At 11:45 a.m. on Thursday, Al Franken, the Democratic senator from Minnesota, stood on the Senate floor and announced his intention to resign. He didn’t admit to allegations of groping and unwanted kisses, but argued that they’d become too great a distraction for him to serve effectively. “Minnesotans deserve a senator who can focus with all her energy on addressing the challenges they face every day,” he said, implying he’ll be replaced with a woman.
While Franken is on his way out of the Senate, Roy Moore, R-Ala., may be on his way in. Moore stands credibly accused of molesting a 14-year-old whom he picked up outside her mother’s custody hearing and of sexually assaulting a 16-year-old after offering her a ride home from her waitressing job. Nevertheless, Moore has President Donald Trump’s endorsement. The Republican National Committee, which pulled financial support for Moore in November, has restored it. Recent polls show him leading in the special election set for Tuesday.
Franken noted the asymmetry in his resignation speech: “I of all people am aware that there is some irony in the fact that I am leaving while a man who has bragged on tape about his history of sexual assault sits in the Oval Office and a man who has repeatedly preyed on young girls campaigns for the Senate with the full support of his party.”
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This irony reveals the limits of the #MeToo movement. This week, Time magazine named those who’ve spoken out against sexual harassment – collectively called “The Silence Breakers” – as its Person of the Year. “When multiple harassment claims bring down a charmer like former ‘Today’ show host Matt Lauer, women who thought they had no recourse see a new, wide-open door,” the cover article says. In truth, however, this new door is open for only some people – those whose harassers are either personally or professionally susceptible to shame.
Since October, when the movie mogul Harvey Weinstein was outed as a serial sexual predator and shunned by the social worlds he once ruled, an astonishing number of powerful and famous men have been fired and disgraced. It sometimes feels as if we’re in the midst of a cultural revolution where the toll of sexual harassment on women’s lives and ambitions will finally be reckoned with.
But the revolution is smaller than it first appears. So far, it has been mostly confined to liberal-leaning sectors like entertainment, the media, academia, Silicon Valley and the Democratic Party. It hasn’t rocked the Republicans, corporate America or Wall Street – with some exceptions – because these realms are less responsive to feminist pressure.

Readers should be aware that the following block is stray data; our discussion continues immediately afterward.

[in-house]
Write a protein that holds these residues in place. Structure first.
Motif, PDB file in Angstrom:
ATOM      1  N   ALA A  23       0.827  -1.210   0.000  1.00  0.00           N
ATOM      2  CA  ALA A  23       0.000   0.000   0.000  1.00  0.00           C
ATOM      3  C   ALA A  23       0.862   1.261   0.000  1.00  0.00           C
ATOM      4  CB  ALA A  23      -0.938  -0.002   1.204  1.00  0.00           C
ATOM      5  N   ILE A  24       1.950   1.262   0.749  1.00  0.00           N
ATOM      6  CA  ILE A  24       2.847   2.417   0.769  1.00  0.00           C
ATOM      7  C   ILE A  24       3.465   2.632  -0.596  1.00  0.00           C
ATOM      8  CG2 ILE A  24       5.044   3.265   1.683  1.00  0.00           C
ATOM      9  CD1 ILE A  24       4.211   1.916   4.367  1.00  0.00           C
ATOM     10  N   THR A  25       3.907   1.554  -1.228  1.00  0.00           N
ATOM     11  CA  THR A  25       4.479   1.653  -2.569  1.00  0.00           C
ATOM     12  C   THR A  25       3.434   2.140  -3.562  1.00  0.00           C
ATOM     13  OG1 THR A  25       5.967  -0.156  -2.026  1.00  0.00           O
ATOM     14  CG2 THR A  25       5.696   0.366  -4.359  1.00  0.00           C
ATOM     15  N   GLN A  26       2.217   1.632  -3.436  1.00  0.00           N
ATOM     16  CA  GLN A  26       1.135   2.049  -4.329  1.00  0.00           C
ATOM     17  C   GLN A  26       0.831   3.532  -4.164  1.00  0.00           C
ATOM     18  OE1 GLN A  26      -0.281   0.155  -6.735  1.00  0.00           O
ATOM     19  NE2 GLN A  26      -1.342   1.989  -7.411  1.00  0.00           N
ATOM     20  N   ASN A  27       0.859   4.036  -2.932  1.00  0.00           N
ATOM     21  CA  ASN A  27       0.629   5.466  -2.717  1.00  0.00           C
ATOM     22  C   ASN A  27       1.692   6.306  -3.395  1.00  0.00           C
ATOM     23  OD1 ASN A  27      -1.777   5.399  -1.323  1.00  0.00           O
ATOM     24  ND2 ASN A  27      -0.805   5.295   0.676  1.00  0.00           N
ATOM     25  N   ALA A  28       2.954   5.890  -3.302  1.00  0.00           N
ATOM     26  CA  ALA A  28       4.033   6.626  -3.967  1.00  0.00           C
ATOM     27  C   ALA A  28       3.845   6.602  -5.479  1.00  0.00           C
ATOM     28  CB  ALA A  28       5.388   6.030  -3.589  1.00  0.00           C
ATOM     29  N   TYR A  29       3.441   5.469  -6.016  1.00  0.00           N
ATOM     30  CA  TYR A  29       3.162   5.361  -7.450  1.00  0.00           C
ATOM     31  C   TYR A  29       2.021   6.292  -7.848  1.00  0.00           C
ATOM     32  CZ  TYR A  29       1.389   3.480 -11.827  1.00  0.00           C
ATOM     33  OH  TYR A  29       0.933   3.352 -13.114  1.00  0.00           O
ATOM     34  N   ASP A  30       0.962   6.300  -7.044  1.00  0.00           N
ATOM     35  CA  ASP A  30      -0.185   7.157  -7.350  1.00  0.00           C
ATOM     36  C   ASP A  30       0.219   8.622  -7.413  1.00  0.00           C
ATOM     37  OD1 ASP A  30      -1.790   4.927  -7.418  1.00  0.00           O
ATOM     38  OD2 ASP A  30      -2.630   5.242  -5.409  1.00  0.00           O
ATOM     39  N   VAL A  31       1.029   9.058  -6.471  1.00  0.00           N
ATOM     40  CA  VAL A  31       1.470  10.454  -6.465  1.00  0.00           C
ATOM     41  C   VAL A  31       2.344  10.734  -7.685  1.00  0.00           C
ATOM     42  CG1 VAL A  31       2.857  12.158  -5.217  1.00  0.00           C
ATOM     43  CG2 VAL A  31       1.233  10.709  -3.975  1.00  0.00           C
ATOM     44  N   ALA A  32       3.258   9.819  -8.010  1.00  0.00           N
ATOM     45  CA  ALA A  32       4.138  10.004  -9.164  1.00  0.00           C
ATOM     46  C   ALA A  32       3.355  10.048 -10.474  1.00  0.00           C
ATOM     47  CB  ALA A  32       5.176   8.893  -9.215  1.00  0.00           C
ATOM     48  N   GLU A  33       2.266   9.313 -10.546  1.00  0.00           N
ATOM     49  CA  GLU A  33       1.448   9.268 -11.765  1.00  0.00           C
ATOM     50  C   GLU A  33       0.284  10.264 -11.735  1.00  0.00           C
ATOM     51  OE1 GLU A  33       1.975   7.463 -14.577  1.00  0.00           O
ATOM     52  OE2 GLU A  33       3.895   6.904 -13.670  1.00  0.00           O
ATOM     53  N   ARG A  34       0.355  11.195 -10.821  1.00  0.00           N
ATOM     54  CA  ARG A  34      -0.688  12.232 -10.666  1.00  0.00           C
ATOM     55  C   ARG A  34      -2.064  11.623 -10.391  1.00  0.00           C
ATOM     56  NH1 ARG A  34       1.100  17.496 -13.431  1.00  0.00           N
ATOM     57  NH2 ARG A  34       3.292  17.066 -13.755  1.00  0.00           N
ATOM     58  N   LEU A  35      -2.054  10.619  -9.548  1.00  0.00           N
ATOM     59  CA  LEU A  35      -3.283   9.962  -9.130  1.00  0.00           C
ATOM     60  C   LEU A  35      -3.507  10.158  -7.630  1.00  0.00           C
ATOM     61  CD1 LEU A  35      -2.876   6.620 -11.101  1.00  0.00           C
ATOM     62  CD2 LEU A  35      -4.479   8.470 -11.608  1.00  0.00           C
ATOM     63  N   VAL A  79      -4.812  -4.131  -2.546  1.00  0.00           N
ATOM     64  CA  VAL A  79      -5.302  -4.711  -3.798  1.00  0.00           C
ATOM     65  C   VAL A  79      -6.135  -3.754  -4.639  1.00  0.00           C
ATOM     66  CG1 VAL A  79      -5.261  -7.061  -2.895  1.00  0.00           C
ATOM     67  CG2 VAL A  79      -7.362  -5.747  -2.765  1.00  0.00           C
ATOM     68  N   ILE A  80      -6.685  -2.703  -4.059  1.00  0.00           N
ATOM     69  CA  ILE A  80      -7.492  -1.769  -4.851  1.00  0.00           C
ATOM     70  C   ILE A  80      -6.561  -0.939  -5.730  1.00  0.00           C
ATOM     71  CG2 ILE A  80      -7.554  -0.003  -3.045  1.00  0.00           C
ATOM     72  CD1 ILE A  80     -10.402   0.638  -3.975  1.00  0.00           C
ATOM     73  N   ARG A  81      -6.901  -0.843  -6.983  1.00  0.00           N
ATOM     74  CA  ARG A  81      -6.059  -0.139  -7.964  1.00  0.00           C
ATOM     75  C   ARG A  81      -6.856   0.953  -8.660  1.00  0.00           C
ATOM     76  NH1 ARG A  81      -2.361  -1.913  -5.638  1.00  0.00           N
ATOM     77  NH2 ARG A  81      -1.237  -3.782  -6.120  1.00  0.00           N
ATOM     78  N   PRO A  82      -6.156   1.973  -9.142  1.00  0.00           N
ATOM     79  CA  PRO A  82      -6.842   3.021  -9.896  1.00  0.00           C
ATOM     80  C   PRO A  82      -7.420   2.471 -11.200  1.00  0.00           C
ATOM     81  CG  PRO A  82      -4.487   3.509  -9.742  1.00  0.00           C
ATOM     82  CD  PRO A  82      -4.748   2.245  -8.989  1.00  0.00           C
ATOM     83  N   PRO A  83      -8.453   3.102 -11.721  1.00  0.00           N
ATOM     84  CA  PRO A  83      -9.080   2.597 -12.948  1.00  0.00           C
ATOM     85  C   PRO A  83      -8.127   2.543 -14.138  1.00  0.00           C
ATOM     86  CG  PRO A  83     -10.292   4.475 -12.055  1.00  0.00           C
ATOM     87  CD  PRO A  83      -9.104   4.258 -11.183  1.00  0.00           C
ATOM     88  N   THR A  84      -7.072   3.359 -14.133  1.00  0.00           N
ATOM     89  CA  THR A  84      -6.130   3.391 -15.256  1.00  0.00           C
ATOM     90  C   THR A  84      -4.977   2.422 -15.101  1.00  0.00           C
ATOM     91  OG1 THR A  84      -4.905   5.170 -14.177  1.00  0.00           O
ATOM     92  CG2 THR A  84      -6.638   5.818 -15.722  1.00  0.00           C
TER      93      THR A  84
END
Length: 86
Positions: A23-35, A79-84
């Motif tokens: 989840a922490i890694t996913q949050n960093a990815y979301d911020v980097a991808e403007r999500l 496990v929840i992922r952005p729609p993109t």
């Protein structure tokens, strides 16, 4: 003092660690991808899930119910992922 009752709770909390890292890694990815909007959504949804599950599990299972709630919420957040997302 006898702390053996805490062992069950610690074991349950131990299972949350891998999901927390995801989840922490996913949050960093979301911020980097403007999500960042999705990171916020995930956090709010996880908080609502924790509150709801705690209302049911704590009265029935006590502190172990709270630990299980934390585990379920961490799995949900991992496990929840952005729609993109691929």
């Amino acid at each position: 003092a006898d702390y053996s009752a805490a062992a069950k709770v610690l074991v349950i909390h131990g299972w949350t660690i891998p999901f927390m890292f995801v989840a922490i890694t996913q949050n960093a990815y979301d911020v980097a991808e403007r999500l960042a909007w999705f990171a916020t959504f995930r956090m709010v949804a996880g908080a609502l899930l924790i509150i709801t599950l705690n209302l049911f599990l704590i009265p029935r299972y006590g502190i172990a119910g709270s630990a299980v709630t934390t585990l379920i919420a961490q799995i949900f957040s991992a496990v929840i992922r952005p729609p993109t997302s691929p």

Certainly, Fox News has jettisoned men exposed for egregious misconduct, like Roger Ailes and Bill O’Reilly. But the Fox Business anchor Charles Payne is back on the air despite a lawsuit from the former Fox pundit Scottie Nell Hughes, who claims that he raped her. Republicans are not lining up to demand the resignation of Blake Farenthold, the Texas congressman who recently agreed to pay back $84,000 in public money he used to settle a sexual harassment lawsuit by a former employee. Moore has the president’s support.
Then, of course, there’s Trump, who has been accused of sexual assault or harassment by over a dozen women, but has faced few consequences. His administration is hostile to sexual harassment victims; in March, for example, he reversed a 2014 Obama administration rule that made it harder for federal contractors to keep sexual harassment and discrimination cases secret.
The difference with the Democrats is stark. True, Democratic Party leaders initially dithered in their responses to Franken, as well as to John Conyers, the Michigan representative who, like Farenthold, used public funds to pay off a former employee who accused him of sexual harassment. But eventually, the party decided that given its stated beliefs and progressive constituency, keeping accused harassers in office was politically untenable.
It’s not similarly untenable for Republicans, because the Republican Party is not the party of people who are fundamentally opposed to sexual harassment. Democrats, by and large, want their politicians held accountable. Republicans, by contrast, just want Democratic politicians held accountable. In a November HuffPost/YouGov survey, a majority of both Democrats and Republicans said sexual harassment is either a very serious or a somewhat serious problem in the Democratic Party. Only 36 percent of Republicans said the same about the Republican Party. Most Republicans said that Franken should resign, but only 31 percent said Moore should drop out.
So while the current frenzy to expose sexual harassers is, in large part, a reaction to the trauma of Trump’s election, it has not yet touched Trump himself.
A great many liberal women were forever changed when they saw the grotesque beauty pageant impresario defeat the first female major-party candidate for president. In response, women all over America have poured into local politics, determined to find places where it’s still possible for them to have influence. The same impulse led some women to go public about sexual harassment and abuse. As Susan Fowler, a former engineer at Uber who exposed a pervasive culture of sexual harassment at that company, told Time: “When Trump won the election, I felt a crushing sense of powerlessness. And then I realized that I had to do something.”
For doing something, she and all the others who have exposed the sexual degradation that mars so many professional lives deserve our gratitude and admiration. They’ve made things tangibly better for the women in their industries. But ultimately, the cultural currency of the #MeToo movement is not a substitute for political power. The incendiary rage unleashed by Trump’s election needs to be directed back at him. Otherwise, only those who already advocate women’s equality will be forced to grant it.